Editor's note: This column is an update of a portion of the "Mad Money" episode that aired June 19. Click here to read the full Mad Money Recap for that episode.
I'm about to do something I thought I would never do. I'm about to break so many of my own
rules, I'll be doing the self-flagellation thing for hours. I'm going against two decades of experience and hard work. That's right. I want you to buy an airline, and not one of these awesome Brazilian airlines. I'm talking about one of our own dysfunctional American-type airlines. If you read the book,
Jim Cramer's Real Money: Sane Investing in an Insane World
, you know I tell you that at no time, ever, should you own an airline.
These companies have just been pieces of garbage, they've been like
the dog for so long I can barely remember the last time they were worth owning. And now, guess what: I want you to buy
. This ain't an investment, let's get that straight right up front. If you invest in an airline, you lose money.
But it is a really terrific trade. I never thought I'd be saying this, but here's how an airline trade can make you money.
There's a lot going on here, but the most important factor is this "Open Skies" initiative that our government, of, by and for the airlines, has been pushing. It's not here yet, but if the Department of Transportation decides to run with it, and I bet it will, then we'll be able to ease restrictions on foreign airlines buying our domestic ones. Both
and KLM are desperate to buy.
I hate to say it, I really do, because I just despise these airlines. But Open Skies could make every single one a takeover target. I want you to buy only the best and that's Continental, because of its terrific management team and recent strong performance.
"Ah, but Mr. Cramer," you ask, "don't you tell us never to speculate on takeovers where the fundamentals aren't improving?" You know, this is one place where stereotypes can hurt you. Usually Cramer is a big fan of stereotypes, good, bad -- I'm behind them. But if you just say "all airlines are bad because that's been the truth 99% of the time in the past," you'll miss out on this opportunity. Things have changed with our airlines beyond just the possibility of takeovers from European carriers.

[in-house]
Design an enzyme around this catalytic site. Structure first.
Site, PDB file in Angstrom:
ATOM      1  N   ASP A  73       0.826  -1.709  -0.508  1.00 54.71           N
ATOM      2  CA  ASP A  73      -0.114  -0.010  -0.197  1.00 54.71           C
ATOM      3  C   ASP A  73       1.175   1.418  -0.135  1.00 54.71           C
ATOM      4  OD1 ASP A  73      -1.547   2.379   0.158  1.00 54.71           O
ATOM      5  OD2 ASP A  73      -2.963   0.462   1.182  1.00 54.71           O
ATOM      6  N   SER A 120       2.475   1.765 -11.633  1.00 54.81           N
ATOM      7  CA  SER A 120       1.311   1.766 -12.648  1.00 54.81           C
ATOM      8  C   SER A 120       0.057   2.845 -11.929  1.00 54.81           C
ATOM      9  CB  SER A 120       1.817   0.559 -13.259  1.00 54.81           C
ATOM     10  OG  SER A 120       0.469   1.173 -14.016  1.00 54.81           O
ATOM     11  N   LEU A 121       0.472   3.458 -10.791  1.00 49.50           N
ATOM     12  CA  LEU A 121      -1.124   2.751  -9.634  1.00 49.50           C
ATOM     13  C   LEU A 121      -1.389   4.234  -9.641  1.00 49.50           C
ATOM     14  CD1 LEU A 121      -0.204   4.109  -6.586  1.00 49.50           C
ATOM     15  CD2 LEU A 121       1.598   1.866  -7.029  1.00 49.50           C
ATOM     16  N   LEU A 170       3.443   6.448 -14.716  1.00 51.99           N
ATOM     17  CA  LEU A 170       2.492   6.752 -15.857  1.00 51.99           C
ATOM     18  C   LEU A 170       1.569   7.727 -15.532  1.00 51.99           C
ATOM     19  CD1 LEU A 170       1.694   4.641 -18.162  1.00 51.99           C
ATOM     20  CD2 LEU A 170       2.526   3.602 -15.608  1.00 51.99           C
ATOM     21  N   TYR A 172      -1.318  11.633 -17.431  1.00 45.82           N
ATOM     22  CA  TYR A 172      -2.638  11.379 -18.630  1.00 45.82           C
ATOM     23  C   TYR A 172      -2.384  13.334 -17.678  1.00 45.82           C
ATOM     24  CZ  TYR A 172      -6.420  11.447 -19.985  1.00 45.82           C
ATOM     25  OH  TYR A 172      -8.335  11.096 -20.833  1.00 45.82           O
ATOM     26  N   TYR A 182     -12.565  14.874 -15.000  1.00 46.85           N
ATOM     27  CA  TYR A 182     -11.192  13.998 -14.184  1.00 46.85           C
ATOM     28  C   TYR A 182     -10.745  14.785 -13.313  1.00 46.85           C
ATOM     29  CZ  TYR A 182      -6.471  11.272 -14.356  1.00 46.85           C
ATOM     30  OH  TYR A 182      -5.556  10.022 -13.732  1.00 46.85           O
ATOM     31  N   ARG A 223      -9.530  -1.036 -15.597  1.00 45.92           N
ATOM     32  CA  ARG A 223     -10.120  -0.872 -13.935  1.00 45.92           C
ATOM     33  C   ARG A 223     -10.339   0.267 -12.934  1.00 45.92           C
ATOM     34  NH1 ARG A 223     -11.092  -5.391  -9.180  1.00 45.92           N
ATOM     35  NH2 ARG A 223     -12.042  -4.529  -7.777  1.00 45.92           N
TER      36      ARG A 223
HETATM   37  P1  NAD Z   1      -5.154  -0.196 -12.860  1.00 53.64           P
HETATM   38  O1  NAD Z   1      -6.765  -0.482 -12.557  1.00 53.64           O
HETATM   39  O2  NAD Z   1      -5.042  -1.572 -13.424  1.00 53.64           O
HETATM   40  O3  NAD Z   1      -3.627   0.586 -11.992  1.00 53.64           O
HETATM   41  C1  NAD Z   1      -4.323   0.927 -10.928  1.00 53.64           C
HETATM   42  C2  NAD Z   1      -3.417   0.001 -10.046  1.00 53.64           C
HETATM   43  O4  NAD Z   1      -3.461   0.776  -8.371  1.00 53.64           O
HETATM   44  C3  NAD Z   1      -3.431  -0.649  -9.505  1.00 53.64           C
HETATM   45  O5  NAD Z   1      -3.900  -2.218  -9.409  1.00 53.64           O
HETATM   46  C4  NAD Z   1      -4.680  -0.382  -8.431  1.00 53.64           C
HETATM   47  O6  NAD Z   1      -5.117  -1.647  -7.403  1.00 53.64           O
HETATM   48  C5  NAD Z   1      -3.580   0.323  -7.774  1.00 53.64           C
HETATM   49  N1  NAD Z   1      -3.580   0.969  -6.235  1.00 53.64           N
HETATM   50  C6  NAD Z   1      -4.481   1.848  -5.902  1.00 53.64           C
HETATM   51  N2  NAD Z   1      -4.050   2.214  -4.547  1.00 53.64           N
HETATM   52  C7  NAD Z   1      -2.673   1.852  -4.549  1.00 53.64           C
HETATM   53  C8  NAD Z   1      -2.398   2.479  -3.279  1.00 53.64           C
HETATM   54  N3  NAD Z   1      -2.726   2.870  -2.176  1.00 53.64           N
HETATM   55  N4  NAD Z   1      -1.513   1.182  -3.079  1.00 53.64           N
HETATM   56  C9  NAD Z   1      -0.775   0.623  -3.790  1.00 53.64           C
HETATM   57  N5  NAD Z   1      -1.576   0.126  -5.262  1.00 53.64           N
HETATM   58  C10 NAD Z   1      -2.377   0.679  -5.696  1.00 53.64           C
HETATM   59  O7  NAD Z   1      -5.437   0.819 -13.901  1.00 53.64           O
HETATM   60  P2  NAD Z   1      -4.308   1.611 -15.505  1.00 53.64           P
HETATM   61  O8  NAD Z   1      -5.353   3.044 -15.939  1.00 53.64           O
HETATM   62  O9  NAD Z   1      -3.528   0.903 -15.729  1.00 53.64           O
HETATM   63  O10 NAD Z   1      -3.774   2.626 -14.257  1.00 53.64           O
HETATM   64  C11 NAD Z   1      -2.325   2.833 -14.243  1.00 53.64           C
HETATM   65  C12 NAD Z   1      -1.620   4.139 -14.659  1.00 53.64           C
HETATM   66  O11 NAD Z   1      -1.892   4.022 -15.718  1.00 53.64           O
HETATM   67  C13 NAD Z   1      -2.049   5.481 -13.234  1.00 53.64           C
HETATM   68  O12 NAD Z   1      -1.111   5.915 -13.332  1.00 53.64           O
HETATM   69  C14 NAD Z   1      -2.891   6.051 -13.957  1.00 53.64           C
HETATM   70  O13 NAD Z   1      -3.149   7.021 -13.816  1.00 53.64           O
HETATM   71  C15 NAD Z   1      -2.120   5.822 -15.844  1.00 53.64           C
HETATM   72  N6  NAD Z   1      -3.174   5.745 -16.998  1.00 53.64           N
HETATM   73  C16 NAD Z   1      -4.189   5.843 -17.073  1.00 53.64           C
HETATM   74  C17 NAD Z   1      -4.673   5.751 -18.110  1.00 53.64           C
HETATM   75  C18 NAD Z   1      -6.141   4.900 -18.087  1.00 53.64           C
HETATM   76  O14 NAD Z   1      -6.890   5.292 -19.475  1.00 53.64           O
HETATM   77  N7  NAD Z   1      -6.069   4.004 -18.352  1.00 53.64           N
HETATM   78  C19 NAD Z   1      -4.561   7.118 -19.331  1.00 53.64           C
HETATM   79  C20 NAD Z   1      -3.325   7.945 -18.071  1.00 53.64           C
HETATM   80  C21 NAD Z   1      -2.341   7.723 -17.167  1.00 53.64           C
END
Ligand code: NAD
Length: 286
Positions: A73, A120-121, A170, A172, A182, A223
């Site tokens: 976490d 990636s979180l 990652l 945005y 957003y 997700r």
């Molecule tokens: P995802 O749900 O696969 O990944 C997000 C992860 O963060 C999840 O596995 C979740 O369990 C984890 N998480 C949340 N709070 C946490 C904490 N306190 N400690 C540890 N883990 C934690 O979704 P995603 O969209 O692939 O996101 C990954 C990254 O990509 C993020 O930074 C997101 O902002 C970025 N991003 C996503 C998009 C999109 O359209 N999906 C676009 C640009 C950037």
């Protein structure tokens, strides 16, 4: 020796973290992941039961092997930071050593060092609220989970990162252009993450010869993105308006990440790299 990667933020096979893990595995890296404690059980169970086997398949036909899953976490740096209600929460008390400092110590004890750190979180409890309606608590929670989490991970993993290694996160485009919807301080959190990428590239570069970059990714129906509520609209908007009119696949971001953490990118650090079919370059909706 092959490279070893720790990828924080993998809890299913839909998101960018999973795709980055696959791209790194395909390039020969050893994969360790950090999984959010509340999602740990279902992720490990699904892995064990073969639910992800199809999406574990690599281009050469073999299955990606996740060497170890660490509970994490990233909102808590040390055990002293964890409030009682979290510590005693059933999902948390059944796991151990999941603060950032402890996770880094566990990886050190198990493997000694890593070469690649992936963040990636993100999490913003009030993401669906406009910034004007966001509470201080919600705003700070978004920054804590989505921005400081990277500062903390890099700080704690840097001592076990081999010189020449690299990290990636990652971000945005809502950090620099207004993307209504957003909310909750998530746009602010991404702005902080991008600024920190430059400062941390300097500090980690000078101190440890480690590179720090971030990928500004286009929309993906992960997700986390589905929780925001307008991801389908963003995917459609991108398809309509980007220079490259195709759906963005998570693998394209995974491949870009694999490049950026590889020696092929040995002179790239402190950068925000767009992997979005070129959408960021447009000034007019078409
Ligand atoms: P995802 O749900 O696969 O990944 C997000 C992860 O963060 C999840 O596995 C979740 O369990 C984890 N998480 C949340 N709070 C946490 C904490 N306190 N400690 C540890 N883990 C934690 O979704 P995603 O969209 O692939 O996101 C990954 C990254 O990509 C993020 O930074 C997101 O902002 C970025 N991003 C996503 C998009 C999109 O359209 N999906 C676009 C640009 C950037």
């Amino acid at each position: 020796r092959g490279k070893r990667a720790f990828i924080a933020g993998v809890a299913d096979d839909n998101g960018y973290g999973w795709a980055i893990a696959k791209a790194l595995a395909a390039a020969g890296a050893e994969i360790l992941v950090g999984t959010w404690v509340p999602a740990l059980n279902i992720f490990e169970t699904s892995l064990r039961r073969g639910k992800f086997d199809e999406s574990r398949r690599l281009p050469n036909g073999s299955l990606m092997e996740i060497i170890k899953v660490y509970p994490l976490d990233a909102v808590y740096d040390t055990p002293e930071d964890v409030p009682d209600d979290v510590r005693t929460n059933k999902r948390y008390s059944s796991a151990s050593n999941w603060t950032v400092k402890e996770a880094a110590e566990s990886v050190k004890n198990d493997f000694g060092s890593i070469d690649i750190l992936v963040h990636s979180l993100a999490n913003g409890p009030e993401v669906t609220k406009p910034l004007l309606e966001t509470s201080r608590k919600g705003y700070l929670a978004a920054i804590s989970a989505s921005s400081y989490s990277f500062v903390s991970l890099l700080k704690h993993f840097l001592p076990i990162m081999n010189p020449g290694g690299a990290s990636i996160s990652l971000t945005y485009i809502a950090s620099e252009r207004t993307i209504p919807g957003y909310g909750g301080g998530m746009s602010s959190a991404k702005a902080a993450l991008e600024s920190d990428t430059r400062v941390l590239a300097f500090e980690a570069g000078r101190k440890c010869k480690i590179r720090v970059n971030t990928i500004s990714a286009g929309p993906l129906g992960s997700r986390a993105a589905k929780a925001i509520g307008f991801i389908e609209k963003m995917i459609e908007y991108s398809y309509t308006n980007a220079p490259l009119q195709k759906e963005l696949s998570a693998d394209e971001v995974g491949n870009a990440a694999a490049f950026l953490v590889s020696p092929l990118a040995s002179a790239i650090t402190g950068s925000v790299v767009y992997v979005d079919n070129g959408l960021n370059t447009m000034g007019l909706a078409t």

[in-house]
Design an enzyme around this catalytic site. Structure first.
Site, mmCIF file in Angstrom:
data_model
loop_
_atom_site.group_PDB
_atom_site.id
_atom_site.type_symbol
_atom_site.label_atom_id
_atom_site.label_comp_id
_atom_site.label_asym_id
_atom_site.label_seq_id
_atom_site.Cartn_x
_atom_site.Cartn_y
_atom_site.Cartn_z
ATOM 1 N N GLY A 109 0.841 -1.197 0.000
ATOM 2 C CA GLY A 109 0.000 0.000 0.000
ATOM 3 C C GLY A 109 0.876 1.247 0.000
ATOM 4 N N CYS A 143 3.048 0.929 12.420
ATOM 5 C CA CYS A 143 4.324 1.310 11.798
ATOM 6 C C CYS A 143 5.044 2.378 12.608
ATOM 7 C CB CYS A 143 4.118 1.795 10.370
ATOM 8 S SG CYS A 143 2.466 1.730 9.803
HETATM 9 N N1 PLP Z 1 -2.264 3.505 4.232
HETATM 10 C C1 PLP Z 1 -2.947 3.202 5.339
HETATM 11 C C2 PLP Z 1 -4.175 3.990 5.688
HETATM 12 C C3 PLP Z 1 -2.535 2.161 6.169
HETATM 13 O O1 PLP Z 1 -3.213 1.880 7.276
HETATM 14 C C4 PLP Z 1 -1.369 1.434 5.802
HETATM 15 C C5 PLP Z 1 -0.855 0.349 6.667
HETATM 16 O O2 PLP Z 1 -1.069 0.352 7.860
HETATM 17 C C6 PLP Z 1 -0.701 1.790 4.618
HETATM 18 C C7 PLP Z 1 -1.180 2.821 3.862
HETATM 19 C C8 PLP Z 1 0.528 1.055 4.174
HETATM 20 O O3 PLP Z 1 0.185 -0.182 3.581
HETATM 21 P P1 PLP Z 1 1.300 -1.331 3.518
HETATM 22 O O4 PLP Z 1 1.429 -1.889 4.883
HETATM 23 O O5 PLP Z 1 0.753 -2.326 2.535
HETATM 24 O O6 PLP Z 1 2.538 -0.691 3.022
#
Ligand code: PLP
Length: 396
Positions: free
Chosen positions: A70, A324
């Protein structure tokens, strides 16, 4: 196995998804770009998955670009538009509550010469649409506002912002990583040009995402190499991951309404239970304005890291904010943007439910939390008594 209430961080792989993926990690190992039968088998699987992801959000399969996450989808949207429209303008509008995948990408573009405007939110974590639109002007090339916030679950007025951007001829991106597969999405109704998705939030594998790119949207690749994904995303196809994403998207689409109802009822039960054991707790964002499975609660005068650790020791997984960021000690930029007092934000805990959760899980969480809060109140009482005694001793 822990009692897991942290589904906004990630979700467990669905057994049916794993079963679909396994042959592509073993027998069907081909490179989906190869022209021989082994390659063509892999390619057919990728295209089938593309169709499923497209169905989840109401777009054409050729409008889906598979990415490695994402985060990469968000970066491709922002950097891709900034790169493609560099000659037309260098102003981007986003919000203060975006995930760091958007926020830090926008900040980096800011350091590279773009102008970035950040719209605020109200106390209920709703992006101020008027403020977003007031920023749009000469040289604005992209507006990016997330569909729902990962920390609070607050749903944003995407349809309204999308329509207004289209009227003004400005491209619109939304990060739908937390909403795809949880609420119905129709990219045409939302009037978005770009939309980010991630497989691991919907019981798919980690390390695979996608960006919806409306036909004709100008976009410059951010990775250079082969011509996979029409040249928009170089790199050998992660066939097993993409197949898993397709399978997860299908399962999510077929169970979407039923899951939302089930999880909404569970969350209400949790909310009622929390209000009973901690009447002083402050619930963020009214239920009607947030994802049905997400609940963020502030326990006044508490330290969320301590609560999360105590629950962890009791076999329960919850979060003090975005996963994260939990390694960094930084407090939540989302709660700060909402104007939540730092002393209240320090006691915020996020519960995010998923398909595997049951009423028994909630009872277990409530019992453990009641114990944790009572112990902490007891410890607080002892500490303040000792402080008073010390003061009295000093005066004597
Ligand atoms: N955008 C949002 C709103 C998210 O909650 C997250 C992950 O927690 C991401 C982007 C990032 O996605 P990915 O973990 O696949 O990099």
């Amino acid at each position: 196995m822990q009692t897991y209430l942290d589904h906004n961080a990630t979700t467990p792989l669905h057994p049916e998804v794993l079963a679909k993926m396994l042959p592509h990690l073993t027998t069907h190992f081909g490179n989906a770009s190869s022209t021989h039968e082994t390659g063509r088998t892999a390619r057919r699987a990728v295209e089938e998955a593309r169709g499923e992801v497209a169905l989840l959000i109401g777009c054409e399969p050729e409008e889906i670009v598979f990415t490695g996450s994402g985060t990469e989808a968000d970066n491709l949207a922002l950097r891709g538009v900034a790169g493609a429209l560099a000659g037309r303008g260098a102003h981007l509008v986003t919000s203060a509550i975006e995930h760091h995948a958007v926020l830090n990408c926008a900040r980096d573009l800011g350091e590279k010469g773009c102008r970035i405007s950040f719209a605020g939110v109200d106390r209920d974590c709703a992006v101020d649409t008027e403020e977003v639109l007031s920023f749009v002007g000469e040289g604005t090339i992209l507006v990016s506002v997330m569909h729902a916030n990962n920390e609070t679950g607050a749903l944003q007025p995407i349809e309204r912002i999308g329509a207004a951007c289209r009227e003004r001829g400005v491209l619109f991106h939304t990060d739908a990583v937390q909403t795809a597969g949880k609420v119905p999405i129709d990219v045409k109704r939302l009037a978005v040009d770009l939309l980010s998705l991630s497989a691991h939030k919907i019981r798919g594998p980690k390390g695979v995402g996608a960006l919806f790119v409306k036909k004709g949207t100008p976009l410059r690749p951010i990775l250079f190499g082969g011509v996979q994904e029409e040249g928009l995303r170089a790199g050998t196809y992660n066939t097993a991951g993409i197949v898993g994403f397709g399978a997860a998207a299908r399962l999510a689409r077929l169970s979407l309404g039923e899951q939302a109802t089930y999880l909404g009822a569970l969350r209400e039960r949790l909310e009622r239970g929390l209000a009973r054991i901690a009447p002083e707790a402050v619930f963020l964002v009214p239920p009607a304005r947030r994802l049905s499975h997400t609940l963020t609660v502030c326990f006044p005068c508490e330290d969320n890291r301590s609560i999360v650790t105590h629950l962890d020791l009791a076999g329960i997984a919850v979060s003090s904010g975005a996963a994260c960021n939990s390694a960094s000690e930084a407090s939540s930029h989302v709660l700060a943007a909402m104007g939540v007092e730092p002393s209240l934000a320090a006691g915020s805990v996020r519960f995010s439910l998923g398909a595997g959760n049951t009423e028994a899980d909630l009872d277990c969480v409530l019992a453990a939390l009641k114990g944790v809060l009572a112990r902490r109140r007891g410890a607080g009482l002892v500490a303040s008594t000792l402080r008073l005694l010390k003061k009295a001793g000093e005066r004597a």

First off, people think fuel costs, which were killing the airlines, have peaked, so there's only upside on that front.
Second, fuel surcharges are sticking. Usually when airlines tried to raise prices because their fuel got more expensive, they couldn't keep them high, because the totally ruinous and unnecessary competition would drive prices back down.
That's because we've finally gotten rid of the competition. We've got an airline oligopoly now, and oligopolies, unlike competitive businesses, can make money. That's why all the planes are full; the competition has fallen overboard and it's not coming back. On "Mad Money," we hate competition -- it's unfair! We like non-competitive industries where you can really stick it to the consumer and bring home the bacon. Long haul, luxury flights have also started to make the airlines money, probably again because there's less competition.
The airlines have finally broken out of their endless cycle of ruinous, unnecessary, inefficient competition.
Somebody will be making that money: It could be you, it could be someone less inclined to donate it to a good cause. It's your call. I just want to enable you to make the dough.
Obviously, if you hang on to Continental long enough, the company will lose you money; it's still an airline. So how long does this trade last? I'd hold onto Continental at least until the Department of Transportation gives Open Skies the go-ahead, which could happen this summer. That should drive the stock up.
Then you probably want to hold on to the stock a little longer, until one of our airlines gets a bid from a foreign carrier. Hopefully Continental will get the bid, but even if it doesn't, the stock will go up because it will become an obvious takeover candidate and the takeover of another American airline will make the Street put a premium on the rest of them.
That's when you clear out, ring the register and never buy an airline again.
Bottom line: I'm sanctioning, for the first time ever on "Mad Money," a trade in Continental Airlines. You hold on to it until the first European -- maybe the second, if you're really into taking risks -- makes a bid for an American carrier, and then you get the heck out with your profits intact.
As originally published, this column contained errors. Please see
Corrections and Clarifications.
At the time of publication, Cramer had no positions in the stocks mentioned.
Jim Cramer is a director and co-founder of TheStreet.com. He contributes daily market commentary for TheStreet.com's sites and serves as an adviser to the company's CEO. Outside contributing columnists for TheStreet.com and RealMoney.com, including Cramer, may, from time to time, write about stocks in which they have a position. In such cases, appropriate disclosure is made. To see his personal portfolio and find out what trades Cramer will make before he makes them, sign up for
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